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The War Changed Everything - and Everyone.
by Jon Schuller

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So much has been written and shown about the effects of wars on people, where they live, who survived and what they believed in. Unfortunately, the biggest war in human history, World War II, didn't prevent other wars and conflicts from occurring after 1945. The movie industry saw the subjects of its films and their effects change radically in 1941 and the ensuing 4 years. By war's end, movie audiences had seen pictures ranging from wars to comedies to musicals to dramas; Hollywood was slowly showing everyone what the veterans had faced on the battlefields and when they came home. The Best Years of Our Lives (1946) brought veterans' issues to the screen, including a real vet who'd lost both his hands in battle. The film's realism got many people thinking about the postwar world. Gentlemen's Agreement (1947) dealt with anti-Semitism, a topic made even more critical because of the Holocaust. But by 1948, we see the movie industry back to where it always was, with a full roster of stars, directors, stories and the vast variety of
films everyone had been accustomed to. True, the discussions about the postwar world were still a touchy topic, but the attempts to honestly depict reality were made.

The list of the 1948 movies is as wide and varied as you can imagine: comedies, fantasies, dramas, crimes, along with cartoons and the film debuts of famous future stars:
Beau Bridges - No Minor Vices
Pat Buttram - The Strawberry Roan
Montgomery Clift - The Search
Doris Day - Romance on the High Seas
Josť Ferrer - Joan of Arc
Laurence Harvey - House of Darkness
Audrey Hepburn - Dutch in Seven Lessons
Rock Hudson - Fighter Squadron
Howard Keel - The Small Voice
Klaus Kinski - Morituri
Christopher Lee - Corridor of Mirrors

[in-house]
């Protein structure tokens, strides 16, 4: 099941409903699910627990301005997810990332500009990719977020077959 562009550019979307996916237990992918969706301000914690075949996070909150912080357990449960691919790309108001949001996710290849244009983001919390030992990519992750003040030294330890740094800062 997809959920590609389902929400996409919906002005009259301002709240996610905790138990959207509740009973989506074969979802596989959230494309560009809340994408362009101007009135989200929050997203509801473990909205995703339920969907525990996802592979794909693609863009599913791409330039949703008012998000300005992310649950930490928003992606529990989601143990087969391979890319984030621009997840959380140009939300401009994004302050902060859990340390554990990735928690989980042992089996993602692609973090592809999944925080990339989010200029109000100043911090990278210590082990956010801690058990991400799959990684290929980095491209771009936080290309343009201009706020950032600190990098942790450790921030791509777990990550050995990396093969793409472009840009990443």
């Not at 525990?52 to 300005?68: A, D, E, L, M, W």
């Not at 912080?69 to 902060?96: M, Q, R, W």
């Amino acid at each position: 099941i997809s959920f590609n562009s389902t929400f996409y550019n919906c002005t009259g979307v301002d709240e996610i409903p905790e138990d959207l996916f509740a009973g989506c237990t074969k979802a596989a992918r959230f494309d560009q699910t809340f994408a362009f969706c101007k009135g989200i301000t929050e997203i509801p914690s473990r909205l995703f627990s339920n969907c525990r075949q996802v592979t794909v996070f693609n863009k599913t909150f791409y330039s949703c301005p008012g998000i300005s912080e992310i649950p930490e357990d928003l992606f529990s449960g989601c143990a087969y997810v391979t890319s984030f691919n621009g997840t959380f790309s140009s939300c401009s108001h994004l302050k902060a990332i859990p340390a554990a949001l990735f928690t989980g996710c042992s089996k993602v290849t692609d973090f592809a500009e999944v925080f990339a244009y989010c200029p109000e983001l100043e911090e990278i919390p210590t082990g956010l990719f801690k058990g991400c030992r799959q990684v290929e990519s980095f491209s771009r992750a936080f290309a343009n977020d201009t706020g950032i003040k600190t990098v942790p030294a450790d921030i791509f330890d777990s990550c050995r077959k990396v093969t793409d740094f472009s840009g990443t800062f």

Margaret Leighton - Bonnie Prince Charlie
Audie Murphy - Texas, Brooklyn and Heaven
Irene Papas - Fallen Angels
and Debbie Reynolds - June Bride

1948 ushered into the film world different views on old subjects; more realistic ways of dealing with previously unspoken "taboos." Command Decision starred Clark Gable and dramatized how
men are sent into battle and the consequences. Force of Evil, with John Garfield, gives a gritty, realistic look at a crime story, without making the criminals look heroic or glamorous. Key Largo, with an all-star cast starring Humphrey Bogart, shows a war veteran caught up with a gang of criminals and how he must protect his family and relive the violence he saw in the war.

The war scarred so many people and the film industry did its best to make pictures that helped people forget and readjust to peace; with films like April Showers, A Date with Judy, Easter Parade, The Luck of the Irish, Mr. Blandings Builds His Dream House, The PaleFace, Romance on the High Seas and Up in Central Park.

It was a great year for awards and box-office winners. Olivier's Hamlet was the first British film to win the Academy Award for Best Picture; he wins a Golden Globe for Best Actor. John Huston was Best Director for The Treasure of Sierra Madre, while his father, John Huston won for Best Supporting Actor. Johnny Belinda won 2 Golden Globes
for Jane Wyman as Best Actress and Best Picture. The Top 10 money-makers for 1948 were 1.The Red Shoes $5,000,000
2.The Three Musketeers $4,507,000
3.Red RiverUnited Artists $4,500,000
4.The Treasure of the Sierra Madre $4,307,000
5.When My Baby Smiles at Me $4,200,000
6.Easter Parade $4,100,000
7.(a) Johnny Belinda and (b) The Snake Pit $4,089,000
8.Joan of Arc $4,000,000
9.Adventures of Don Juan $3,700,000 and 10.Homecoming$3,420,000

The movies, the stars and the studios all worked together to entertain everyone as much (or even more) as they did before December 7, 1941. To do their best to help people forget for a while what had been a nightmare at home and overseas. For families who'd lost loved ones or seen someone return, wounded but still alive. Unfortunately, those scenarios are still being played out today, 70 years later, with just as much pain and joy. Movies can and do help us while imparting knowledge and a wider world view.

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Cinema Savant
Every other Thursday

My views on an eclectic mix of films and personalties, past and present; emotional interpretations; some laughs, some cries.

Other Columns
Other columns by Jon Schuller:

How To Capture a Famous Year on Film

40 Is So Young

I Can Feel It. Can You?

Life Seems to Imitate Art

One Is All It Usually Takes Redux

All Columns

Jon Schuller
I am a former New Jersey native, living in Charlotte, N.C. for almost 29 years. I am a lifelong movie lover with lots of movie trivia knowledge and soundtracks in my CD collection. I enjoy sharing my love of films with everyone and have so many fond memories growing up in darkened movie theaters. I have been married 50 years (as of December 22, 2018) and we both share a passion for film (and each other of course).

If you have a comment, question, or suggestion, you can send a message to Jon Schuller by clicking here.

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